A federal judge reportedly blasted Florida as the “laughingstock of the world” on Thursday after state officials have repeatedly failed to anticipate problems in elections.

“We have been the laughingstock of the world, election after election, and we chose not to fix this,” U.S. District Judge Mark WalkerBradley (Mark) Mark WalkerGOP frets over nightmare scenario for Senate primaries This week: Lawmakers return as Amash fallout looms The Hill's Campaign Report: Biden looks to rebound after tough week MORE said in court, according to The Associated Press.

Walker also reportedly criticized state lawmakers and Palm Beach County officials for not ensuring they had sufficient equipment for the ongoing recounts. The judge had ordered earlier Thursday that Florida voters whose signatures disqualified their mail-in and provisional ballots in last week’s midterm election must be given until Saturday afternoon to fix them.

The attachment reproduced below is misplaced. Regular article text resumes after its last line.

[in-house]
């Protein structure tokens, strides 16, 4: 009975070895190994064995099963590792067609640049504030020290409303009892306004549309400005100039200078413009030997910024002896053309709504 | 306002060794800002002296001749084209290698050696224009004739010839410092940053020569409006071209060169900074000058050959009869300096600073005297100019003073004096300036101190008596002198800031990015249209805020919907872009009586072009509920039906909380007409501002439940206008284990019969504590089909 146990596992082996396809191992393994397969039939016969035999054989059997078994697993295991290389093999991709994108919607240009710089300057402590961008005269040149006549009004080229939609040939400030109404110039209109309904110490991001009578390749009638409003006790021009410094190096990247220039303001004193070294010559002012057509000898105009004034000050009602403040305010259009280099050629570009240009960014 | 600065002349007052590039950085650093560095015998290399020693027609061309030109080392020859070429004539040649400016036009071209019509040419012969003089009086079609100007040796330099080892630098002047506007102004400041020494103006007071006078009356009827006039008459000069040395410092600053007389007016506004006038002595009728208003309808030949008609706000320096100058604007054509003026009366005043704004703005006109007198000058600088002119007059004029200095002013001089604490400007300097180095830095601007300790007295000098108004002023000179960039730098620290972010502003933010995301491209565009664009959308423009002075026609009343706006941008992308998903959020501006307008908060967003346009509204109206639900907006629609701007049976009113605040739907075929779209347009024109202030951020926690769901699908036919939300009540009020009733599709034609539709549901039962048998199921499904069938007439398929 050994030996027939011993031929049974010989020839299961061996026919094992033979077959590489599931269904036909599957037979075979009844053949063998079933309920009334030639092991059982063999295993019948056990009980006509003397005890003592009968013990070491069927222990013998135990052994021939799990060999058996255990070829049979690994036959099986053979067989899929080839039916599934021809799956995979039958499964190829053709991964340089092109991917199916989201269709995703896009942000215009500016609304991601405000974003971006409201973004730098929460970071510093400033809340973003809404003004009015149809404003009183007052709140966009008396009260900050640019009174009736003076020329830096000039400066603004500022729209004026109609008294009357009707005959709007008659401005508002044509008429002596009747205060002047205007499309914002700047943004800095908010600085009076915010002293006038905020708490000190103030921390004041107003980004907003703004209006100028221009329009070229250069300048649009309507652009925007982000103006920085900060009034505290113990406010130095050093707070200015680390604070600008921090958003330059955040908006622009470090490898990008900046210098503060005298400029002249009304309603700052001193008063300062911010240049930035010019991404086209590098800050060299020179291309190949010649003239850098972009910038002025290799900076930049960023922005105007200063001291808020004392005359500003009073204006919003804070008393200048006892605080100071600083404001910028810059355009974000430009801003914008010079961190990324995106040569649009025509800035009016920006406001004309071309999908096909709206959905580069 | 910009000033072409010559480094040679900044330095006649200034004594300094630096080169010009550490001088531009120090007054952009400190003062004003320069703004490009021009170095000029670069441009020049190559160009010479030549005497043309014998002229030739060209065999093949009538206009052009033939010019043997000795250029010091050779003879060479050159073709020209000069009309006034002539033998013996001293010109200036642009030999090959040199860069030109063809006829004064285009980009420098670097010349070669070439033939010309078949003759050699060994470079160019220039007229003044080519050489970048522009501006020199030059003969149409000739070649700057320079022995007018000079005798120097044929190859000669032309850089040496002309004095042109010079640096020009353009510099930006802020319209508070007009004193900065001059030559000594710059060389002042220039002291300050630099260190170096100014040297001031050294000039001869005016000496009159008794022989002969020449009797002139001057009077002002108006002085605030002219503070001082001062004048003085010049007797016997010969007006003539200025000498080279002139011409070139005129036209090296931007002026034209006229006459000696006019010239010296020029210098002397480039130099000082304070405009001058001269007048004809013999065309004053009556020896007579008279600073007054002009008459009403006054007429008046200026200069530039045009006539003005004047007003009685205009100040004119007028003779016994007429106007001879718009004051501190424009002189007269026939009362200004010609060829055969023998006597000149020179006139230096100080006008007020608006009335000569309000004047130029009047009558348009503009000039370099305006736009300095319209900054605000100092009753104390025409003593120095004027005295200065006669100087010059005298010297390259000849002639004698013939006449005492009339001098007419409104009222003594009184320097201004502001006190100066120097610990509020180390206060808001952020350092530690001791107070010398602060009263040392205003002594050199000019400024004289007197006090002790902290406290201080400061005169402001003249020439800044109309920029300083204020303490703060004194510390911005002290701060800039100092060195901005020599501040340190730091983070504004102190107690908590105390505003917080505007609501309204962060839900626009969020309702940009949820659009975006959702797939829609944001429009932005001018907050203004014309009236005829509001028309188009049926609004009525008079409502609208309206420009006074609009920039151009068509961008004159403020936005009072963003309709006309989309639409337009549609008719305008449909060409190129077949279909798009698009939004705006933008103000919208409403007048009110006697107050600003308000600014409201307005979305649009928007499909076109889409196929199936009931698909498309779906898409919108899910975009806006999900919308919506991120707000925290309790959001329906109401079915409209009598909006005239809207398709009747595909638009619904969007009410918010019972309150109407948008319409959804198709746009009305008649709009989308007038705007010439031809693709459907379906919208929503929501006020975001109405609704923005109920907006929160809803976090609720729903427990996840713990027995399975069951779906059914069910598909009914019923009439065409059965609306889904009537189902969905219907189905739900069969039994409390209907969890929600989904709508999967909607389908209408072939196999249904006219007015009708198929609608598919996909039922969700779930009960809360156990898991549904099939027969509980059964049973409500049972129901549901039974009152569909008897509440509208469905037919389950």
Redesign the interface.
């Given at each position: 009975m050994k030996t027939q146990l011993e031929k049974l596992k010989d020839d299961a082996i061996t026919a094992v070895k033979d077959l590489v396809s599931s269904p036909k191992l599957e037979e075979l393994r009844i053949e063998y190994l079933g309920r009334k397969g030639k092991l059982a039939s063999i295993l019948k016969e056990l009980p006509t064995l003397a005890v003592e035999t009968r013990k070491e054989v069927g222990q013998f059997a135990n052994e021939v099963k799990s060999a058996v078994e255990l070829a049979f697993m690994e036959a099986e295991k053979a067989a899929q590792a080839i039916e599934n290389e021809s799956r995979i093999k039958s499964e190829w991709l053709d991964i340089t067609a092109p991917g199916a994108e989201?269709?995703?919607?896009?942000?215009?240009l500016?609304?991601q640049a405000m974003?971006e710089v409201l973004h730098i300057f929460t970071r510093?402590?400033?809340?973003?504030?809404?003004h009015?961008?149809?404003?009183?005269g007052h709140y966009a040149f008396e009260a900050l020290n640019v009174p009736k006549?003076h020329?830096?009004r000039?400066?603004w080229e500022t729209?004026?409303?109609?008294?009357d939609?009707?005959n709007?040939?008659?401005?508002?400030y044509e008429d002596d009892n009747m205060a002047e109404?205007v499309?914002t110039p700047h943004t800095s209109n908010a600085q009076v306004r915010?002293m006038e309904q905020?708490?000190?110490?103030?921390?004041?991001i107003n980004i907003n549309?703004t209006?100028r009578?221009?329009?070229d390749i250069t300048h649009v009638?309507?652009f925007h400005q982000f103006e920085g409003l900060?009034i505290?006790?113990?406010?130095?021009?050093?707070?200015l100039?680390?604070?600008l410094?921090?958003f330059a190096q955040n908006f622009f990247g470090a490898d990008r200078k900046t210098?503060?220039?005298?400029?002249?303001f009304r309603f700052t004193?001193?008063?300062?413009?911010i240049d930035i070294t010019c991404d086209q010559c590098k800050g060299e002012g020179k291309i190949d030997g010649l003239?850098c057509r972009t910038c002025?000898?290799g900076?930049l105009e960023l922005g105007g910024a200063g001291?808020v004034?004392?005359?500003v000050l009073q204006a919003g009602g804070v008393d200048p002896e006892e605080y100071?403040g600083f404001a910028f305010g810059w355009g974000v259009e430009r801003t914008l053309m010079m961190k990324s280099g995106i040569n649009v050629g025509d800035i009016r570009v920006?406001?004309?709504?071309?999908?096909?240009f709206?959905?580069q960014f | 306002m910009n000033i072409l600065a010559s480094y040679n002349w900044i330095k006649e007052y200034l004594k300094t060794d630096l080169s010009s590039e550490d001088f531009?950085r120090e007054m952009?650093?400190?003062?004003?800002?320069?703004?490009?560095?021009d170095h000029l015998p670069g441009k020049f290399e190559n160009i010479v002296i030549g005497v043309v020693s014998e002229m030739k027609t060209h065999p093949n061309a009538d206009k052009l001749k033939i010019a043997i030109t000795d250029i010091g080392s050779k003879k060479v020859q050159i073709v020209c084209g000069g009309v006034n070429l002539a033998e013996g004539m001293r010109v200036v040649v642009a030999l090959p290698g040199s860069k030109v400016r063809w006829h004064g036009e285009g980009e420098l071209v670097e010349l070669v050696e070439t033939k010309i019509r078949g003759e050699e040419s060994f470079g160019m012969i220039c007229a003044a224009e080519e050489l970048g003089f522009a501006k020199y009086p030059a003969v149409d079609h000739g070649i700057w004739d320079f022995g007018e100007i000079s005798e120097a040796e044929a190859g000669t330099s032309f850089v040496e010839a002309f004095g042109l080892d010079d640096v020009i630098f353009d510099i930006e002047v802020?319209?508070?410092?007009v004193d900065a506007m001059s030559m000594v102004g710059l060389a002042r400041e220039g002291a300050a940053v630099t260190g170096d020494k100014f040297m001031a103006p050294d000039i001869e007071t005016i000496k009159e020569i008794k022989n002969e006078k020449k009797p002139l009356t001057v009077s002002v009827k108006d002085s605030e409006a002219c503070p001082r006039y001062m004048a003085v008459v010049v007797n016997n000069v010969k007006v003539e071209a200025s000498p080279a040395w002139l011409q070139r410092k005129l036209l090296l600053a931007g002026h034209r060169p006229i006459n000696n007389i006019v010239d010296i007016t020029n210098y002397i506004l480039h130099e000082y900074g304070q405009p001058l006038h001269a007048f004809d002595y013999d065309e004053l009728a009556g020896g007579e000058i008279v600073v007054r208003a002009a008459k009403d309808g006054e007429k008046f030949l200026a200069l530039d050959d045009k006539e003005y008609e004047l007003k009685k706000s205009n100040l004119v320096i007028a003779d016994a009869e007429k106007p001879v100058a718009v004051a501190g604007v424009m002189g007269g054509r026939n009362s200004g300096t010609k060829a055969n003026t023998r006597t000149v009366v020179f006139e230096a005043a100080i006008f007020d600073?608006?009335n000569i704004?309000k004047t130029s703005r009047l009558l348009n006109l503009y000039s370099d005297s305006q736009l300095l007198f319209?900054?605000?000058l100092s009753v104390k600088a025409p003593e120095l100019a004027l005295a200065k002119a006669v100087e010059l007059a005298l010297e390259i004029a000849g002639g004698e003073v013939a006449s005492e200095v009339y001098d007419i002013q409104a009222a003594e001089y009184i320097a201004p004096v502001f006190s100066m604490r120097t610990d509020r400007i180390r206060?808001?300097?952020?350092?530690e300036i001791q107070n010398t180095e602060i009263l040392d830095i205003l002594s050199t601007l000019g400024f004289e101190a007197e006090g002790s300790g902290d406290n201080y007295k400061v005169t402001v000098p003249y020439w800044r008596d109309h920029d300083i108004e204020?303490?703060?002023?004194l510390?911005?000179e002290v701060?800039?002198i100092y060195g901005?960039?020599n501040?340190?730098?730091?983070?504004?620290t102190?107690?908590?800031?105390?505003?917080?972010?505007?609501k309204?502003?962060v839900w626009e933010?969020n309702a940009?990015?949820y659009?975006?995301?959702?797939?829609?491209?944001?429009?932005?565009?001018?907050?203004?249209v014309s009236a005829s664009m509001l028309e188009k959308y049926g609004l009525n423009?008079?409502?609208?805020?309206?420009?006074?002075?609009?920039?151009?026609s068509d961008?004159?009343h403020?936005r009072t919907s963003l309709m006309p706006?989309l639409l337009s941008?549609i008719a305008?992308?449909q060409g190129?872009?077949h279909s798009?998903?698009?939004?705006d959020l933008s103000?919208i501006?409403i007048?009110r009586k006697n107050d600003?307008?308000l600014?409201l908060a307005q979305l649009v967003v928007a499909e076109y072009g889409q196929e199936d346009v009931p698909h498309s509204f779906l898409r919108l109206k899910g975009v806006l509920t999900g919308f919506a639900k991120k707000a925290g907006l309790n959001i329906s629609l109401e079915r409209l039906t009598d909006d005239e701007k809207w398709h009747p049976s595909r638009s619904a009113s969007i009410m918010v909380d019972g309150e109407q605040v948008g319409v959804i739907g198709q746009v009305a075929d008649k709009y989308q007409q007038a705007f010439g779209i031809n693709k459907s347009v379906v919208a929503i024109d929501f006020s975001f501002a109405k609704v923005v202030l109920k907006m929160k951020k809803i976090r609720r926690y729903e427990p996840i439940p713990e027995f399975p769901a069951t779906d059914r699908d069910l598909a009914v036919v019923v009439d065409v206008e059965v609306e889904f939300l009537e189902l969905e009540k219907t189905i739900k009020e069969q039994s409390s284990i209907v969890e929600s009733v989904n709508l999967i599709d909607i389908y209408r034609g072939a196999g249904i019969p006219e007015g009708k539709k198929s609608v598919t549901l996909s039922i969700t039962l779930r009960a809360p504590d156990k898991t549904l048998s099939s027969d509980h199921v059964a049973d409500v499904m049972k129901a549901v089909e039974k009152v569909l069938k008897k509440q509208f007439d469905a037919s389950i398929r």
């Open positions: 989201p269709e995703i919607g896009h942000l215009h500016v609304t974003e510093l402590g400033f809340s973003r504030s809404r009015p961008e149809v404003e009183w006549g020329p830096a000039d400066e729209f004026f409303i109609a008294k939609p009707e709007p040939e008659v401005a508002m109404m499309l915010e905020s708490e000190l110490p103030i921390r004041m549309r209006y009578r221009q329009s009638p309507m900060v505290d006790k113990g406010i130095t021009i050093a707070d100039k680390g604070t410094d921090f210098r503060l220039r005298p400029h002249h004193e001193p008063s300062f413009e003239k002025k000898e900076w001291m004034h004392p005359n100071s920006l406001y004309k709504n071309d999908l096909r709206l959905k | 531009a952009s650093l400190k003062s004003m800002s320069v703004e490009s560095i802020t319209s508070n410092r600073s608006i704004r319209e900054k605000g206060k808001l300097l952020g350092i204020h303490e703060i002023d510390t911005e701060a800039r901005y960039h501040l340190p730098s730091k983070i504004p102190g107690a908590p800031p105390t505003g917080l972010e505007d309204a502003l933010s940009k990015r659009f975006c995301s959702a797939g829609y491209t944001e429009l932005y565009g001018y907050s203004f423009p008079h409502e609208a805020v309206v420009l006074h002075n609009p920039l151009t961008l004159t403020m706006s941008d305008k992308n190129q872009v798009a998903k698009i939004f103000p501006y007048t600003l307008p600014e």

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His remarks arrive as all of Florida’s 67 counties are working to meet a 3 p.m. Thursday deadline for machine recounts. 

Several Florida counties have come under fire throughout the recount process, mainly from President TrumpDonald John TrumpEsper sidesteps question on whether he aligns more with Mattis or Trump Warren embraces Thiel label: 'Good' As tensions escalate, US must intensify pressure on Iran and the IAEA MORE and other Republicans, for their handling of votes — specifically Broward County and Palm Beach County.

On Wednesday, Trump became the latest Republican to call for the removal of Broward's supervisor of elections, Brenda Snipes, whose office has long been plagued by counting issues in the years leading up to the 2018 midterm elections. 

Broward County reported it finished its machine recount in the three statewide races late Wednesday, but officials in Palm Beach County have suggested they might not meet the deadline. 

Palm Beach’s supervisor of elections, Susan Bucher, said she believed they would make the deadline in the Senate race earlier this week. But due to machine mishaps, Bucher said the county is "in prayer mode to finish on time.”